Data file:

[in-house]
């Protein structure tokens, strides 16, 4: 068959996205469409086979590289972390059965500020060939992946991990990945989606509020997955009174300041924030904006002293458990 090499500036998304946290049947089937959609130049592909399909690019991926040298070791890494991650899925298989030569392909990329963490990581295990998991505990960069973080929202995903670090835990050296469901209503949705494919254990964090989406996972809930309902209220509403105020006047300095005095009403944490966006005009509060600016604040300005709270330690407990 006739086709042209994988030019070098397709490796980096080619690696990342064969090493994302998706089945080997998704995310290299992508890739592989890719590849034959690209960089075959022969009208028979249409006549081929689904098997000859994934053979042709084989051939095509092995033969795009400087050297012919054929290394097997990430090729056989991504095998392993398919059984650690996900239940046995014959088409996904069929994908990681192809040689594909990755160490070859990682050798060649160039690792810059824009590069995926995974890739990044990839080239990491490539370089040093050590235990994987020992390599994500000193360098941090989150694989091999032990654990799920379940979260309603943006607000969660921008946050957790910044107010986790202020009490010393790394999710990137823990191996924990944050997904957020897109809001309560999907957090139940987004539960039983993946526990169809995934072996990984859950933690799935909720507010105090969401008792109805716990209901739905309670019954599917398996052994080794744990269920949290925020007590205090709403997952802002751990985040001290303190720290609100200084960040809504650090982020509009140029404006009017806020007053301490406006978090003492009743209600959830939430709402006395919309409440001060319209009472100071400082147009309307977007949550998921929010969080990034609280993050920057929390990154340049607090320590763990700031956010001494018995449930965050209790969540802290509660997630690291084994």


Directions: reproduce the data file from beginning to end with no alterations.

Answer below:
[in-house]
């Protein structure tokens, strides 16, 4: 068959996205469409086979590289972390059965500020060939992946991990990945989606509020997955009174300041924030904006002293458990 090499500036998304946290049947089937959609130049592909399909690019991926040298070791890494991650899925298989030569392909990329963490990581295990998991505990960069973080929202995903670090835990050296469901209503949705494919254990964090989406996972809930309902209220509403105020006047300095005095009403944490966006005009509060600016604040300005709270330690407990 006739086709042209994988030019070098397709490796980096080619690696990342064969090493994302998706089945080997998704995310290299992508890739592989890719590849034959690209960089075959022969009208028979249409006549081929689904098997000859994934053979042709084989051939095509092995033969795009400087050297012919054929290394097997990430090729056989991504095998392993398919059984650690996900239940046995014959088409996904069929994908990681192809040689594909990755160490070859990682050798060649160039690792810059824009590069995926995974890739990044990839080239990491490539370089040093050590235990994987020992390599994500000193360098941090989150694989091999032990654990799920379940979260309603943006607000969660921008946050957790910044107010986790202020009490010393790394999710990137823990191996924990944050997904957020897109809001309560999907957090139940987004539960039983993946526990169809995934072996990984859950933690799935909720507010105090969401008792109805716990209901739905309670019954599917398996052994080794744990269920949290925020007590205090709403997952802002751990985040001290303190720290609100200084960040809504650090982020509009140029404006009017806020007053301490406006978090003492009743209600959830939430709402006395919309409440001060319209009472100071400082147009309307977007949550998921929010969080990034609280993050920057929390990154340049607090320590763990700031956010001494018995449930965050209790969540802290509660997630690291084994």